Draco gliding lizards are interesting tropical animals. They have ‘wings’ that fold out from their ribs and allow them to glide from tree to tree. They also have a small flap under their chins that acts as both a flag to communicate and like the tail of a plane to stabilise their flight. When I read about them as a kid, they always struck me as incredibly exotic animals that would be really hard to find. It turns out that they are quite well adapted to living in our cities.
There are 11 species of Draco in Peninsular Malaysia. In the natural world, they tend to be found in forest clearings where there is space between trees and not too much dense vegetation. These gaps between trees are usually created by tree fall events. In a mature rainforest, trees fall very often, either due to old age, disease, or unstable soil. Rainforest trees are often connected to other trees by vines or lianas, so when one tree goes down, it can pull down others and crush anything smaller in its path. This is a natural disturbance that creates gaps in the otherwise dense canopies of the rainforest. Young trees and saplings use this opportunity to fill the gap and start the cycle over again.
Many species are known to take advantage of these forest gaps, including gliding lizards. The constant disturbance of tree falls creates more diverse patches of forest, where trees of different species and ages are always going through tree falls and regrowth, nothing staying permanent. This, in turn, creates space for all sorts of gap species that are adapted to these environments. The layperson may view change and disturbance as something undesirable or negative, but these are necessary processes to keep the ecosystem in balance.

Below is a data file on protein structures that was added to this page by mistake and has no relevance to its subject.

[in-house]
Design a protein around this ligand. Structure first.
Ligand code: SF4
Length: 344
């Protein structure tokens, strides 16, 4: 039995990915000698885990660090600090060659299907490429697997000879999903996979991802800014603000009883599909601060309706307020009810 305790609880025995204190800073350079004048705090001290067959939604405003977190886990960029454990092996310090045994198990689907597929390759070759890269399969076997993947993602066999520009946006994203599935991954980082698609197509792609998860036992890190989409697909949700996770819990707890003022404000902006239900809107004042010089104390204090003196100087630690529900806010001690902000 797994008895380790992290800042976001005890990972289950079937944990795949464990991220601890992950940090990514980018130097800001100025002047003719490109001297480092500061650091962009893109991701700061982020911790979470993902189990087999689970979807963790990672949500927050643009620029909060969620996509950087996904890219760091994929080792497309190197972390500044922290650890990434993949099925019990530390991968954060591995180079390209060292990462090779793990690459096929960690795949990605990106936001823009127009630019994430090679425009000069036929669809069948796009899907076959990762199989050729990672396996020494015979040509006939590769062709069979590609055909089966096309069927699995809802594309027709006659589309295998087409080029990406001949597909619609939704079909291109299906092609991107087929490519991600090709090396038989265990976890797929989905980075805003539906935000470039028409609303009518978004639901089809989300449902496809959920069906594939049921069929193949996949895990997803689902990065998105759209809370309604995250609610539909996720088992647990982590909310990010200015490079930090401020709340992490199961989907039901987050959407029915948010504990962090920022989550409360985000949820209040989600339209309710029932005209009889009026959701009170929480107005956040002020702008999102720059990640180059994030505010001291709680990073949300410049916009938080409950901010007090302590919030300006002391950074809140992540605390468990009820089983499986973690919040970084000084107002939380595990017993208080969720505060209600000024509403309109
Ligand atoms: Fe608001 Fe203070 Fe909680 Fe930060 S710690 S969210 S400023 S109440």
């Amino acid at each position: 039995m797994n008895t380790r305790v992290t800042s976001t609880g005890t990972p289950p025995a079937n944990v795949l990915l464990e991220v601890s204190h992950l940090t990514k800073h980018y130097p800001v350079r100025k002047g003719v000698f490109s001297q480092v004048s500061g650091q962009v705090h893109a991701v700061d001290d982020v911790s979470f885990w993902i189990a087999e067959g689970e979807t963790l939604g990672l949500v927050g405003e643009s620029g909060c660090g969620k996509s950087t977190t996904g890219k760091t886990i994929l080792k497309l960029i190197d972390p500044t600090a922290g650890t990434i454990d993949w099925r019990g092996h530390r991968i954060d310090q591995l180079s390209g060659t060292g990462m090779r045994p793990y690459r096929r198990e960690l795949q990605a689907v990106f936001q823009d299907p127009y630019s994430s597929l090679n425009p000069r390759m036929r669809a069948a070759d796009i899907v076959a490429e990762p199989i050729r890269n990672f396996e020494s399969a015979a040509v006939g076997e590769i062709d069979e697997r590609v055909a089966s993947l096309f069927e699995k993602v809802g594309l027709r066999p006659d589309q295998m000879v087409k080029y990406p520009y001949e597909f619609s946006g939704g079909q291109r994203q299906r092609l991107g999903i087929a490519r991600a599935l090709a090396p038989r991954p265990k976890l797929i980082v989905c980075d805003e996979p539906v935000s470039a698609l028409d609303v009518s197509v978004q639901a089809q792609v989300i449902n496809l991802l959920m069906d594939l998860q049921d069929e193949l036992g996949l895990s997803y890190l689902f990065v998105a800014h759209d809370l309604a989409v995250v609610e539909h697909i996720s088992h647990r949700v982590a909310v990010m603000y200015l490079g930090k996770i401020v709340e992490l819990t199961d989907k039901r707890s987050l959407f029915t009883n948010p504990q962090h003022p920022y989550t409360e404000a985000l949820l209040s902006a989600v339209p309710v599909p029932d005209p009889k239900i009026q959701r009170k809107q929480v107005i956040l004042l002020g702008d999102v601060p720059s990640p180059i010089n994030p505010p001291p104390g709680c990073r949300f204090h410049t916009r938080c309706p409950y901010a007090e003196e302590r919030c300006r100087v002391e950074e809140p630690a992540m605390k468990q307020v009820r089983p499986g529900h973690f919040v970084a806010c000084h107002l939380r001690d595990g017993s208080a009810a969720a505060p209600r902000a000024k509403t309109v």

In cities, humans are the main force of disturbance. We cut weeds and shrubs and maintain clear gaps between trees. While this may not be good for animals that prefer some shelter, the lack of dense vegetation seems to be a boon for gliding lizards. They can bask in the sunlight created by our sparsely planted trees and glide in between them with ease. Scientists call this pre-adaptation – an organism is predisposed to survive in certain habitat structures, allowing it to take advantage of new habitats with similar features.
A lot of our urban species have, by luck of the draw, found a place for themselves in our urban spaces. So perhaps we should ask the question of how we should use disturbance as a tool for biodiversity and healthier ecosystems, instead of maintaining landscapes just for the sake of maintaining aesthetic practices.
Whitmore, T. C. (1984). Tropical rain forests of the Far East. Oxford University Press, Oxford.
Grismer, L. L. (2008). A revised and updated checklist of the lizards of Peninsular Malaysia. Zootaxa, 1860(1), 28-34.
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